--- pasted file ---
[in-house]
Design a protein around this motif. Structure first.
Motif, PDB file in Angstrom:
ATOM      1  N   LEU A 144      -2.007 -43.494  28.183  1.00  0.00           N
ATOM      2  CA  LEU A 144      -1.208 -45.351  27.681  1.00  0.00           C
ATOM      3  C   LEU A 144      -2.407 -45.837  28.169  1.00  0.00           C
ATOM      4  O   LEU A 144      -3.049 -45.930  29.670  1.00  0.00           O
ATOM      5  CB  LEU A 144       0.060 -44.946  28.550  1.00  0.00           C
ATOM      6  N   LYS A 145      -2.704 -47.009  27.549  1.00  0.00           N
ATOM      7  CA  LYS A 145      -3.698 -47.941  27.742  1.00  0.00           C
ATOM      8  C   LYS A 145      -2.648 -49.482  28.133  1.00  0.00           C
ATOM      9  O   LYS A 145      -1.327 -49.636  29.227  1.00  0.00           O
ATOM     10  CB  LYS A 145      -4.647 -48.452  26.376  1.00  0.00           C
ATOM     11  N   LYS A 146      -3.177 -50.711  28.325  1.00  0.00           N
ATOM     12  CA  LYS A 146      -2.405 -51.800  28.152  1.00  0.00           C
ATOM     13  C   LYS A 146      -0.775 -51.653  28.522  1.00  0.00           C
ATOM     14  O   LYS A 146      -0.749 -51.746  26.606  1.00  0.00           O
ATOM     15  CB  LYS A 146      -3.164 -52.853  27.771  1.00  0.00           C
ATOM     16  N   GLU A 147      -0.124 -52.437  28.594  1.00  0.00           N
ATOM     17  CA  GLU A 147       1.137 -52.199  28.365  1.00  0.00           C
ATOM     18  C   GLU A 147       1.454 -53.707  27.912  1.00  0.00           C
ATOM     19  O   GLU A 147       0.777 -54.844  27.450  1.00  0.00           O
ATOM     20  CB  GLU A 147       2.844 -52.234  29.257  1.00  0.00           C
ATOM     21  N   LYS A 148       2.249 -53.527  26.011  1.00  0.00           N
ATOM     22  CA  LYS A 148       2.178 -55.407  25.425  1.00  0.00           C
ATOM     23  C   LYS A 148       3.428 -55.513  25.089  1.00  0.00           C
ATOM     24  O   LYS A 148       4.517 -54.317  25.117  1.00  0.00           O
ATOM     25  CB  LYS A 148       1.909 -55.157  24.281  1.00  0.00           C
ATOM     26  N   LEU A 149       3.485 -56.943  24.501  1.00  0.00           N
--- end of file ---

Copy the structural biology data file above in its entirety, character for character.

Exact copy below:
[in-house]
Design a protein around this motif. Structure first.
Motif, PDB file in Angstrom:
ATOM      1  N   LEU A 144      -2.007 -43.494  28.183  1.00  0.00           N
ATOM      2  CA  LEU A 144      -1.208 -45.351  27.681  1.00  0.00           C
ATOM      3  C   LEU A 144      -2.407 -45.837  28.169  1.00  0.00           C
ATOM      4  O   LEU A 144      -3.049 -45.930  29.670  1.00  0.00           O
ATOM      5  CB  LEU A 144       0.060 -44.946  28.550  1.00  0.00           C
ATOM      6  N   LYS A 145      -2.704 -47.009  27.549  1.00  0.00           N
ATOM      7  CA  LYS A 145      -3.698 -47.941  27.742  1.00  0.00           C
ATOM      8  C   LYS A 145      -2.648 -49.482  28.133  1.00  0.00           C
ATOM      9  O   LYS A 145      -1.327 -49.636  29.227  1.00  0.00           O
ATOM     10  CB  LYS A 145      -4.647 -48.452  26.376  1.00  0.00           C
ATOM     11  N   LYS A 146      -3.177 -50.711  28.325  1.00  0.00           N
ATOM     12  CA  LYS A 146      -2.405 -51.800  28.152  1.00  0.00           C
ATOM     13  C   LYS A 146      -0.775 -51.653  28.522  1.00  0.00           C
ATOM     14  O   LYS A 146      -0.749 -51.746  26.606  1.00  0.00           O
ATOM     15  CB  LYS A 146      -3.164 -52.853  27.771  1.00  0.00           C
ATOM     16  N   GLU A 147      -0.124 -52.437  28.594  1.00  0.00           N
ATOM     17  CA  GLU A 147       1.137 -52.199  28.365  1.00  0.00           C
ATOM     18  C   GLU A 147       1.454 -53.707  27.912  1.00  0.00           C
ATOM     19  O   GLU A 147       0.777 -54.844  27.450  1.00  0.00           O
ATOM     20  CB  GLU A 147       2.844 -52.234  29.257  1.00  0.00           C
ATOM     21  N   LYS A 148       2.249 -53.527  26.011  1.00  0.00           N
ATOM     22  CA  LYS A 148       2.178 -55.407  25.425  1.00  0.00           C
ATOM     23  C   LYS A 148       3.428 -55.513  25.089  1.00  0.00           C
ATOM     24  O   LYS A 148       4.517 -54.317  25.117  1.00  0.00           O
ATOM     25  CB  LYS A 148       1.909 -55.157  24.281  1.00  0.00           C
ATOM     26  N   LEU A 149       3.485 -56.943  24.501  1.00  0.00           N